Business value is a shared enterprise
How will your organization capture value in the next five years? Because we’ve all enjoyed our digital “fun” over the last decade through our Facebook likes and Twitter spats. But until recently, market developments have mainly, as technology writer Kara Swisher has said, been driven by “big minds chasing small ideas”. We’re now entering an era of “big brains focused on big ideas” – using data and insight to transform how we’re educated, fed, transported, insured, medicated and governed. “We’re all software companies now” so the saying goes and the saying is right because we’re beginning to virtualize everything from products and services to entire value-chains and industries.
No industry is immune from the rise of software. The insurance industry is now awash with data as wearable devices generate individual health profiles and customized premium quotes, and our driving insurance policies can be based on actual driving performance (you’ve seen the ads and yes, if the price is right, we’re willing to be tagged and tracked!). In big pharma, data is supercharging an era of innovation and opportunity as smart medical devices, intelligent pill bottles, bio-sensors and now even digestible chips on pills create a trail of data that can be analysed for meaning and value. Data is now the basis for intercompany innovation. It’s triggering a wave of experimentation like the recent tie-up between Novartis and Google (Google is ALL about the data). Novartis wanted to license Google’s smart contact lens to measure a wearer’s blood sugar levels (and gain a data feed) and begin to build a platform for innovation (co-creating with the data feed). It hasn’t yielded a return but it shows the direction of travel. Business value increasingly flows across many different players. Business value is a shared enterprise across new partnerships and consortia.
Brands are no longer single entities because end-to-end customer journeys and customer experiences now depend on many different inter-related dependencies and players. It is happening now—new market niches like the connected car, connected home or the smart city are much more than lofty concepts; rather, these entities are developing into synchronized products and services set among a diverse range of players. I wrote about this previously here; a great example are the world’s car manufacturers that are busy organizing into commercial consortia to capture the opportunities from the predicted rise of the self-driving car. The autonomous car is starting to trigger an industry mashup way beyond the current spat for control of the ride sharing software or the in-car entertainment interface between Apple and Google. These ecosystems that are now forming are the backbone for future value.
Once you start looking for them you will see these new software ecosystems everywhere. Look at the big shift in banking strategy as Fintech builds. Many of the established banks now run platform strategies and open architectures to aggregate 3rd party Fintech data and enable the delivery of newly slick, personalized products and services in compelling new ways. (BTW If you’re serious about how eco-systems work then get scrubbed on platforms and application programming interfaces (APIs) which are the glue that sticks these and other services together). For example, S&P’s Capital IQ uses APIs to integrate key information, including investment research, companies’ financials, credit ratings, and global market data, and alpha and risk models, into personalized business applications for customers. In this accelerated world of APIs and consortia, companies will have to interact with many more partners covering a broad range of functions and it’s fiendishly complex to master: check out the customer data ecosystem for example; it needs customer analytics solutions, engagement agencies, social media marketing folks, tag management expertise, loyalty solutions, customer engagement agencies, data aggregators, recommendation engines, pricing engines, back to market research panels and interactive agencies. Where does this stuff get put-together? How does it work? Who makes it work?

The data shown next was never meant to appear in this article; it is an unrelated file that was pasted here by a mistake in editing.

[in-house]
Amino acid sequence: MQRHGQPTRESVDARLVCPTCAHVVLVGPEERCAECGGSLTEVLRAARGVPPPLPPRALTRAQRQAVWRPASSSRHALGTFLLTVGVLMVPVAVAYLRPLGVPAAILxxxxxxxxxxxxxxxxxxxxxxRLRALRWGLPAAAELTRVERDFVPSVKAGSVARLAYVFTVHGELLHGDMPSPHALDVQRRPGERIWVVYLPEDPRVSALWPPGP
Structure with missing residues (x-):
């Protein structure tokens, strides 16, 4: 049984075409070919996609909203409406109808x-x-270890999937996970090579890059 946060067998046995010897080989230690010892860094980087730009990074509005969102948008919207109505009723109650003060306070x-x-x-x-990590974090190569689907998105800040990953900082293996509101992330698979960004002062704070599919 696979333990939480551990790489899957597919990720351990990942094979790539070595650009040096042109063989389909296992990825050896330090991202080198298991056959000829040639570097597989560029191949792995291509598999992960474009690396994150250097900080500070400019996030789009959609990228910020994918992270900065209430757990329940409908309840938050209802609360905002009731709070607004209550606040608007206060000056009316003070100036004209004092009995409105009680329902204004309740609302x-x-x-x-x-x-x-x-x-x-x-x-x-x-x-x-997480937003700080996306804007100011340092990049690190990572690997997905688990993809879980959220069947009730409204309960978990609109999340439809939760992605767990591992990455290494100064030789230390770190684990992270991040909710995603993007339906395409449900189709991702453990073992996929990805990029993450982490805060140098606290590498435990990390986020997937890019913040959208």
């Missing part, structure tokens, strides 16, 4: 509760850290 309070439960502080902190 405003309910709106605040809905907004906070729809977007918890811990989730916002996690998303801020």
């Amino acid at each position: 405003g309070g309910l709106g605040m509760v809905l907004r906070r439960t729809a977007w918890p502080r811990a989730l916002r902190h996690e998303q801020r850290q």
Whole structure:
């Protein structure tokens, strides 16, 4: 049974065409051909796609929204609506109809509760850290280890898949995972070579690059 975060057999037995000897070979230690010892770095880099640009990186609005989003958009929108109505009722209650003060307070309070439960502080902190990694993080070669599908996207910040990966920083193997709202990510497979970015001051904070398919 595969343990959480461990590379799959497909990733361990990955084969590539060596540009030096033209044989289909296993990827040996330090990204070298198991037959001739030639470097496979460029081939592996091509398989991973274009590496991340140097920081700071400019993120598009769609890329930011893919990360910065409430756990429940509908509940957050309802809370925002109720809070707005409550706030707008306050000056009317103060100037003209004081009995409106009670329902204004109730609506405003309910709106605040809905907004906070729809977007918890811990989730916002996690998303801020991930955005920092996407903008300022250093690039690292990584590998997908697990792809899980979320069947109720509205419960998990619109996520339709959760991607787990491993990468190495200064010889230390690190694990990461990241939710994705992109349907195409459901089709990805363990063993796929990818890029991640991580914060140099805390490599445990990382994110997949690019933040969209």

This is why I’ve just wrapped up some research that shows how the spaces where we come together to work matter. Because if you take a second to understand the interplay between workflow and space you’ll understand why the space where work gets done matters now more than ever. Workflow is changing as data infuses everything but the emerging market opportunities described above call on companies to assemble work-teams to blend skills, capabilities and innovative thinking inside, outside and across traditional organizational structures. The crackle of innovation needs to happen somewhere and it’s not just going to happen online. Your people, if they’re good, will be keen to discuss the trajectory of the work they do and the structural shifts that are now playing out everywhere. The future of your space still matters...so watch this space.
PS. The next wave of value that Kara Swisher rightly points too we think will come from more established companies in more traditional industries that can see and seize the opportunities ahead. It means organizing around platforms, boosting innovation and assembling new machines for work—this is Europe’s digital imperative. Entirely new market sectors are now emerging that blend talent, disciplines and technologies in a super-charged wave of innovation—connected cars, social insurance, smart homes, digital health – the list goes on. These ecosystems supporting these markets have radically switched in the last 5 years...what is interesting is they’ve taken the talent pool with them!